Magazine article Gramophone

'Splinters' Bartok Three Burlesques

Magazine article Gramophone

'Splinters' Bartok Three Burlesques

Article excerpt

'Splinters'

Bartok Three Burlesques, Sz47 Csapo The Ultimate Goal Jeney Arthur Rimbaud in the Desert. Ricercare Kodaly Meditation sur un motif de Claude Debussy. Seven Pieces Kurtag Splinters, Op 6c Lajtha ... de l'automne et du champ ..., Op 2 No 10 Ligeti Etudes--Fern Mariann Marczi pf Odradek [F] ODRCD307 (69' * DDD)

'Splinters' couldn't be more appropriate a name for pianist Mariann Marczi's collection of Hungarian piano pieces that are generally thorny, brief and sometimes aphoristic in nature, such as the four-movement suite by Kurtag that opens the disc. This leads into 'Fern' from Ligeti's second book of Etudes, where Marczi's crisp, hard-hitting interpretation differs from Aimard's faster, suaver dispatch (Sony, 1/97). She builds Kodaly's Meditation from the sustained bass-line upwards, and makes as compelling a case as any for the same composer's Seven Pieces; listen to her marvellous differentiation between the steady staccato left hand and the edgy legato right-hand line. The 10th piece of Laszlo Lajtha's Contes, Op 2, receives a slightly drier and more incisive reading compared alongside Klara Kormendi's more expansive and sensuous traversal (Marco Polo, 4/93--Marczi plays the opening measure considerably faster, for example).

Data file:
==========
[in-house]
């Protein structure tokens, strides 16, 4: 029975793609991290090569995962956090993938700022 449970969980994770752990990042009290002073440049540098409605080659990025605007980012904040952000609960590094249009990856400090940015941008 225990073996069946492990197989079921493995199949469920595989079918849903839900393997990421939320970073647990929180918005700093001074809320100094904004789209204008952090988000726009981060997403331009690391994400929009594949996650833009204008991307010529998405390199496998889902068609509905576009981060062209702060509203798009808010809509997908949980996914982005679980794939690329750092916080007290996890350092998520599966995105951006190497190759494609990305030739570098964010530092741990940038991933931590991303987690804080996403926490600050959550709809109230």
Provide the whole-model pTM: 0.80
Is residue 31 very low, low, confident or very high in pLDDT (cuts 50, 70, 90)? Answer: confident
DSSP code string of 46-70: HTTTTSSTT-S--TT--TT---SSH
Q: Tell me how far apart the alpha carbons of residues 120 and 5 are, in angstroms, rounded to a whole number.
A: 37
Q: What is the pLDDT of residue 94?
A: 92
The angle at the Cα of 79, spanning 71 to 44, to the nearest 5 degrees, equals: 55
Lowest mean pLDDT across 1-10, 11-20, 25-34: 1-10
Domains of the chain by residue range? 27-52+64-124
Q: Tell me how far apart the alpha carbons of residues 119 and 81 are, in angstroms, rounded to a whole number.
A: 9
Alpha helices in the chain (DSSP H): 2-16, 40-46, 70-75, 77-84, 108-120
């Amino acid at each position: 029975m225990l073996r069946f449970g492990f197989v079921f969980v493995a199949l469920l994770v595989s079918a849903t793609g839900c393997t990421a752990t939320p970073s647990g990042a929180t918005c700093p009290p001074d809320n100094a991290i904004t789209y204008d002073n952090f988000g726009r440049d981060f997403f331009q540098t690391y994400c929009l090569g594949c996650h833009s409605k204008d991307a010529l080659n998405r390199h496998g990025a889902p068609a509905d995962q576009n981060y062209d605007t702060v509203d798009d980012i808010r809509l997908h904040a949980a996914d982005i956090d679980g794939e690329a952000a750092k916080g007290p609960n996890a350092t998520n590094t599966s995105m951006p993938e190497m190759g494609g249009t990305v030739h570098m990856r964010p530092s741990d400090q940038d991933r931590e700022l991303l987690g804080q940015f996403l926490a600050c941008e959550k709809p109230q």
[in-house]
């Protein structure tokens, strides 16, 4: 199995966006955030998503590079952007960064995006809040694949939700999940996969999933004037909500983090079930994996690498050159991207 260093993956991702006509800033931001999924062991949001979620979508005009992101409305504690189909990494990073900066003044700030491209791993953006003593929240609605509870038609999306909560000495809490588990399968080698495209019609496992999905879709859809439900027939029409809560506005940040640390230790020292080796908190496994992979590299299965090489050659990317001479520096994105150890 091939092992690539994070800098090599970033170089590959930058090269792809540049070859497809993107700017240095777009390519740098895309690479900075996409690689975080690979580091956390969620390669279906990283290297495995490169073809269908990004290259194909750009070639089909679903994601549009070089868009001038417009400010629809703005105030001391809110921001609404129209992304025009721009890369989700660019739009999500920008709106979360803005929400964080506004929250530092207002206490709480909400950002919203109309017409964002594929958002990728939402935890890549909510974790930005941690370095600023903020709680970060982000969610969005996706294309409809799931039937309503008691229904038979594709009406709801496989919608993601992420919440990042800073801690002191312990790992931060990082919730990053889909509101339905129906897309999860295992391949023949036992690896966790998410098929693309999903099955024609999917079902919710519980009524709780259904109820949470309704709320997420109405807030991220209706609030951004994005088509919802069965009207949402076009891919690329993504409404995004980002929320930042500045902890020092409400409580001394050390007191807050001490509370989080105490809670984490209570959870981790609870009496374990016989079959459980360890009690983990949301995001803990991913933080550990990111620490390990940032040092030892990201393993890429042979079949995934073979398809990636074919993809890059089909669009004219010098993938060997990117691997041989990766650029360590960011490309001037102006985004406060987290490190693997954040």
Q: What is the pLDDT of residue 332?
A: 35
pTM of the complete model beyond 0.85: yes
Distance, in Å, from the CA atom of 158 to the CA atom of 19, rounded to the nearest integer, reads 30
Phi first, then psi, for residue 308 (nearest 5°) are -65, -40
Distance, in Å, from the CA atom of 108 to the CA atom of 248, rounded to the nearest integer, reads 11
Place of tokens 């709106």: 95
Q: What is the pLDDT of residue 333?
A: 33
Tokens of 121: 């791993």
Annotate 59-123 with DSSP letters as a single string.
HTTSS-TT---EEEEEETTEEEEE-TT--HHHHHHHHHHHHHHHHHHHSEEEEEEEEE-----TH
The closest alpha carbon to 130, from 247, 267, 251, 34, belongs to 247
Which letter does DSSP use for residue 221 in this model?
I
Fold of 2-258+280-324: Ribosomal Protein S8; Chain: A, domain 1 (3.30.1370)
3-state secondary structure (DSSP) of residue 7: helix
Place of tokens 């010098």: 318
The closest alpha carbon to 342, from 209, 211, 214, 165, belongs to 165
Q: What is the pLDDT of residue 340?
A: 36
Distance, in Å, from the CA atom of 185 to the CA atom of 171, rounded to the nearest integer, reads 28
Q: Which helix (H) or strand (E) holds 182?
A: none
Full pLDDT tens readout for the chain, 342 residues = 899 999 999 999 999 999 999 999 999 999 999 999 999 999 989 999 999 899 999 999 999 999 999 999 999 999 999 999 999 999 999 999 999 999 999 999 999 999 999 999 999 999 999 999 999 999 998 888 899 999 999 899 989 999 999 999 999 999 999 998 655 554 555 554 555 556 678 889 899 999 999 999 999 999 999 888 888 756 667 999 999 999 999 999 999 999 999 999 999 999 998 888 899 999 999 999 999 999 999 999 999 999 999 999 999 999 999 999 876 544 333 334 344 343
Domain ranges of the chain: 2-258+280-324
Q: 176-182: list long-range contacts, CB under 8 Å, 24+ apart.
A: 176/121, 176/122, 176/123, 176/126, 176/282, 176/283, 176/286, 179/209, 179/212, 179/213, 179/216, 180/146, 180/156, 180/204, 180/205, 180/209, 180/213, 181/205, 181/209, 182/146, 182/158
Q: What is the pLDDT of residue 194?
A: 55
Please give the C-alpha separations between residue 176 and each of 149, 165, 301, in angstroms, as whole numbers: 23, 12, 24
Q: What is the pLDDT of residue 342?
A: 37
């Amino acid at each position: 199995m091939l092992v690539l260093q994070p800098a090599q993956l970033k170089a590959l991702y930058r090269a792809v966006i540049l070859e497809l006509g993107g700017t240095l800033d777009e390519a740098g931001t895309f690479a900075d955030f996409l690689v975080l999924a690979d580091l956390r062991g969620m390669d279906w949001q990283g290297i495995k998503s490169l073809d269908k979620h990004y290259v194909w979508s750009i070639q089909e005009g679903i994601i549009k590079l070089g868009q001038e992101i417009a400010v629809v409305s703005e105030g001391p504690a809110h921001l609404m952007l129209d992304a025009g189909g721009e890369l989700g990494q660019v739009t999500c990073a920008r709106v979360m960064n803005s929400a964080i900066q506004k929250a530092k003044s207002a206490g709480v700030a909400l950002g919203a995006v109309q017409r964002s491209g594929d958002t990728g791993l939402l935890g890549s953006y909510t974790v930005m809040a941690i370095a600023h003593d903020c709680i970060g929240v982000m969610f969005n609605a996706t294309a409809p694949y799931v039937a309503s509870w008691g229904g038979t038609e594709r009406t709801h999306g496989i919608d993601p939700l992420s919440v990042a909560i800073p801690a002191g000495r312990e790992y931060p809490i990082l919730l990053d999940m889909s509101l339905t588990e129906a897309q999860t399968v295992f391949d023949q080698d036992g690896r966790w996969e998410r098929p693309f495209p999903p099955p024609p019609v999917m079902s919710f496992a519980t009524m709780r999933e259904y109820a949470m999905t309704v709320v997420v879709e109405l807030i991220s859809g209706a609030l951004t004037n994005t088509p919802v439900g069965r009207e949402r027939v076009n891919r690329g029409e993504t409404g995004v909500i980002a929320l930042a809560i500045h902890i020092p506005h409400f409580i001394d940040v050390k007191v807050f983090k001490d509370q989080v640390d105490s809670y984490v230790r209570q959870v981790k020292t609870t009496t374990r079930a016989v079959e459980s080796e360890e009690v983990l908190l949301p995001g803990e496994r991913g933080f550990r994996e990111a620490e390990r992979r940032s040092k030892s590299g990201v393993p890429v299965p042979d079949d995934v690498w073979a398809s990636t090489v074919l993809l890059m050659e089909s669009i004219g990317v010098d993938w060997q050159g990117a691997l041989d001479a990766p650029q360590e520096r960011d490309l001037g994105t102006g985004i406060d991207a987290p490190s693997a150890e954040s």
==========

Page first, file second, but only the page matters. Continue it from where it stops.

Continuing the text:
Marczi brings such feathery lightness and rhythmic sparkle to Bartok's Three Burlesques that it's easy to forget her idiomatic phrasing and accentuation of the folk-based melodies. Of the two Zoltan Jeney works, I prefer the painfully sparse Arthur Rimbaud in the Desert (if you respond to John Cage's late 'number' pieces, you'll probably like this) over the grey, austere and frankly dull Ricercare. …

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